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Lessons Learned Over The Course Of My Internship

Now that I’m nearing the end of my internship, I can’t help but reflect back on all my experiences and how they have impacted me thus far. This is also an especially bittersweet time for me, as I am wrapping up the rural portion of the internship and moving to Nairobi for the last five weeks. While I’m looking forward to reliable internet and hot showers, I’m going to miss the slower pace of life in Asembo, all of my wonderful coworkers, and being able to buy a delicious, heaping plate of ugali, beans, and sukuma wiki for 50 shillings (about 65 cents CAD). Overall, I think I’ve learned a lot about myself in the past five months. Some revelations have been positive, while others have been less so. What I do know is that this experience has been great from a personal growth point of view, and the lessons I’ve learned here will stay with me for the rest of my life. Here are just a few of the things I’ve learned about myself in the past five months


I’m not as flexible as I thought I was. Moving around frequently with very little notice was very hard on me mentally, and I also found it difficult that my work barely resembled the original job description I was given back in Canada. Learning to deal with these two issues certainly made me more flexible, but as someone who prefers sticking to a plan, this is still something I definitely need to work on.

Pea and cabbage curry with ugali and sukuma wiki

My ability to adapt surprised me.Living with priests, going days without electricity, living in a community with no internet, taking cold showers, eating the same foods every day (ugali, beans sukuma wiki, and eggs), and sharing a tiny room with my coworker Laura are all things I’ve adapted to and actually come to love. Now, I can’t imagine not being with Laura all the time, and the thought of not eating ugali every day sends shivers down my spine.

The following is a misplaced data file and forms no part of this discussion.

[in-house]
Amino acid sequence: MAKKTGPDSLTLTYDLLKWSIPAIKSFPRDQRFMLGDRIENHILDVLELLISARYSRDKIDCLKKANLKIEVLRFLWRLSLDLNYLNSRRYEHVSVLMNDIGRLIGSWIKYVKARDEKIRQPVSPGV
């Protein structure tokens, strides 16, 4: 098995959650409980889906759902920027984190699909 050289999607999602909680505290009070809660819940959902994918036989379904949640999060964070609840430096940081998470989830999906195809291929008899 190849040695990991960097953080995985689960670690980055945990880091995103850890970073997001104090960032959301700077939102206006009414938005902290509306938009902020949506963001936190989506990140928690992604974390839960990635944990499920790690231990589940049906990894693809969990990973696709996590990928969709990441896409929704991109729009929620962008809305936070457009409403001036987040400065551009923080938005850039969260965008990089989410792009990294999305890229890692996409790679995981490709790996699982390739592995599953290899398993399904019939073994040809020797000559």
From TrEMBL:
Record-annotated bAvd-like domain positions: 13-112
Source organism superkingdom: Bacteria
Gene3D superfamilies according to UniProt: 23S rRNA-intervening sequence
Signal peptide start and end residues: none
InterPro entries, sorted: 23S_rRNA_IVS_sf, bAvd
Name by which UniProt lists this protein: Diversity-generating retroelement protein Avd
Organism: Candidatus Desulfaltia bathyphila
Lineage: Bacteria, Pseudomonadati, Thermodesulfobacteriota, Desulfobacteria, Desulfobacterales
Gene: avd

Laura and me on the banks of Lake Victoria

I’m more resilient than I was at the start of this internship. I recently had malaria for two and a half weeks, which obviously made me extremely sick and exhausted for what felt like an eternity. I also managed to get bilharzia (a nasty parasite that enters your body through microscopic snails that burrow through your feet) at the same time. Being bedridden and having hallucinations while thousands of kilometers away from your family and friends is no joke, but I managed to get through those weeks in one piece, something I never would have been able to do in October or November.

Our teeny, tiny room in Asembo

People are generally good and I should trust more often. I’ve met many amazing people over the course of this internships, including coworkers, my hosts in the villages I’ve stayed in, and people in the community. By and large, my experience has been extremely positive, and the level of kindness and generosity exhibited by the people I’ve interacted with has been overwhelming. When I first arrived, I was more reserved, hesitant to build relationships, and generally less trusting of the people I met. Thankfully, I’ve learned to relax a little bit, and enjoy fostering friendships with my coworkers and other people I’ve met along the way. This especially includes my friends Phestus and Lillian, their son Lenny, and their daughter Sharon, who have grown to be some of my favourite people I’ve met over my time here. Phestus and Lillian own the guesthouse where I am currently staying, and I am quite sure that I may cry when I say goodbye to them later this week.

Phestus, Lillian, Lenny, and I outside their guest house in Asembo Bay

Rachel Quehl is working with Chalice and Crown the Child Africa as a Nutritionist.


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